The canoe ride back to the cabin by the light of a full moon was made all that more special by the call of the loons and our own feeble attempts at howling at the silvery moon.
On another night, the guides drove us deep into the woods where we hiked along a logging road to a lake where the guides called for wolves, owls and loons. The wolves did not respond that evening, but the loons and a very vocal barred owl serenaded us for several minutes as we gathered around a campfire and enjoyed hot chocolate and cookies in the heart of Algonquin.
On the final morning, a sunrise canoe trip gave our Parisian tourists their first up-close and personal view of a bull moose feeding on water lilies. The group was able to approach the animal quite closely before it made off into the forest. His exit was just in time for the guides to serve a shoreline breakfast of fresh blueberry pancakes, bacon, eggs and, of course, steaming coffee.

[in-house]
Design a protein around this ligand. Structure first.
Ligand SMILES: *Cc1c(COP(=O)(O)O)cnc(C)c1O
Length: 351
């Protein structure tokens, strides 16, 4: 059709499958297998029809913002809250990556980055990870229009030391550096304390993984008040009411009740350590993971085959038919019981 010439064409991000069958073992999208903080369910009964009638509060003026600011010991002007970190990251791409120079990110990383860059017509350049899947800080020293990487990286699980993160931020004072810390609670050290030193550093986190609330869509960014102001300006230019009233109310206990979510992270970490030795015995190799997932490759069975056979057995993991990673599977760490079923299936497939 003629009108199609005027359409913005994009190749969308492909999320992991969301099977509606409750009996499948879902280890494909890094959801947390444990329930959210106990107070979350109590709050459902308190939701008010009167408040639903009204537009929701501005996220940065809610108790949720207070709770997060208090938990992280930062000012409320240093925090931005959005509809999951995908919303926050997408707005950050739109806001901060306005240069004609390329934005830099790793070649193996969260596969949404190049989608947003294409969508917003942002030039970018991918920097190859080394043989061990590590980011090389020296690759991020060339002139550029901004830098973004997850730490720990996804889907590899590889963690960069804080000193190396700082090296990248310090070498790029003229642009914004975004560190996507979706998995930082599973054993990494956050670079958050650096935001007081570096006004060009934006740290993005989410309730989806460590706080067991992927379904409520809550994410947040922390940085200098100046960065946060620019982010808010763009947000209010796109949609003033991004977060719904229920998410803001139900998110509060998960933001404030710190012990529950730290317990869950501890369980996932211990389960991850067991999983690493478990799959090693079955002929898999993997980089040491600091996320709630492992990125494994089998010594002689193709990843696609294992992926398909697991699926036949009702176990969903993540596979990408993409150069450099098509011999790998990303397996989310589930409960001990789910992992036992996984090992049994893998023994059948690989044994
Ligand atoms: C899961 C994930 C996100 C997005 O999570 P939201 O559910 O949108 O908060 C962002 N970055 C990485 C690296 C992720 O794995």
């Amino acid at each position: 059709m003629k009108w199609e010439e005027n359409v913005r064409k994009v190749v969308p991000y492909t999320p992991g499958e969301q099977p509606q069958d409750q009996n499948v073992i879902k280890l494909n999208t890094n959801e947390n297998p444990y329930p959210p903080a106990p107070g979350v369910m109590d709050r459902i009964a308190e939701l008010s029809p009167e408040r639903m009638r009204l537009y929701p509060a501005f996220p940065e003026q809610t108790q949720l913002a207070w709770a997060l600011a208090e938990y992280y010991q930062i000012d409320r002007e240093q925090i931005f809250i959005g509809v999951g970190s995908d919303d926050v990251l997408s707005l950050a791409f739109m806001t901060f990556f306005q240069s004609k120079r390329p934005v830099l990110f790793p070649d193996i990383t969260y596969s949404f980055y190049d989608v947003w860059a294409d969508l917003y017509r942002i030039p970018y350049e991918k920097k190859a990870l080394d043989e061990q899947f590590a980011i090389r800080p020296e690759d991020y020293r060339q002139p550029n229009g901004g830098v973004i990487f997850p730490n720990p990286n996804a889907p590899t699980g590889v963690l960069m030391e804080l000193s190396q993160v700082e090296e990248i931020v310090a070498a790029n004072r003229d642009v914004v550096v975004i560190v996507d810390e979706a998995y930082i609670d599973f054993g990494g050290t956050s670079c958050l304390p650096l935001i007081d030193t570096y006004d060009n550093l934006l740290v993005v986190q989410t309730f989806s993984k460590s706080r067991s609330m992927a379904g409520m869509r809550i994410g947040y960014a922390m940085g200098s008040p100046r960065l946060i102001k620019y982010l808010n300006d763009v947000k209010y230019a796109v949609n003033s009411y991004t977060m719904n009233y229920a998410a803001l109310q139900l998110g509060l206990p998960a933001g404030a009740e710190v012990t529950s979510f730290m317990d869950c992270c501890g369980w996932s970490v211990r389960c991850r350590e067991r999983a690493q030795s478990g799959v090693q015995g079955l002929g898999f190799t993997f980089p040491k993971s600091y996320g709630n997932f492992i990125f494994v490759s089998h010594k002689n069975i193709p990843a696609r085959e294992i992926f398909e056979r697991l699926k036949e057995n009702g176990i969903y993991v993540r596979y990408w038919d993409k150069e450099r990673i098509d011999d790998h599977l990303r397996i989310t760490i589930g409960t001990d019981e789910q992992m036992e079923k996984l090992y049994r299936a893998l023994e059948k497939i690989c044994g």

Voyageur Quest, which operates the Algonquin Log Cabin, offers many different programs to suit varying needs of individuals and families.
Three- and seven-day, guided canoe wilderness adventures into the interior of Algonquin and Killarney parks are popular alternatives for the more adventurous. Longer, guided canoe trips are also available.
There are also fall, winter and spring packages available. The winter package, which was selected by the Canadian Tourism Commission as the best winter package in Canada, features dog sledding, backcountry skiing, ice fishing and snow shoeing.
Fall packages offer excellent opportunities for photography and animal viewing as well as relaxing around the incredible fireplace in the lodge.